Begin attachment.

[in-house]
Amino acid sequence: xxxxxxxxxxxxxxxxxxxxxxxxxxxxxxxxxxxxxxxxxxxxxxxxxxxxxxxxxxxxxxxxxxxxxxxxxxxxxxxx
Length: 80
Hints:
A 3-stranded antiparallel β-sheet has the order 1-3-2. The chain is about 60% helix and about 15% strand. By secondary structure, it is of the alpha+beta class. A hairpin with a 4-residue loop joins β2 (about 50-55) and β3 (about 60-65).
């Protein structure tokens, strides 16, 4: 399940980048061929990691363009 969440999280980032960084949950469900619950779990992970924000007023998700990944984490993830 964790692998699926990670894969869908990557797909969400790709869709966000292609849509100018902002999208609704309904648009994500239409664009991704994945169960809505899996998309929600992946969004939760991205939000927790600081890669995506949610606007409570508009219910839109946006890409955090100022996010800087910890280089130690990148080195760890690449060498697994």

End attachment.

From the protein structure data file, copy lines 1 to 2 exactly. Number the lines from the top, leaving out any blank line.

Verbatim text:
[in-house]
Amino acid sequence: xxxxxxxxxxxxxxxxxxxxxxxxxxxxxxxxxxxxxxxxxxxxxxxxxxxxxxxxxxxxxxxxxxxxxxxxxxxxxxxx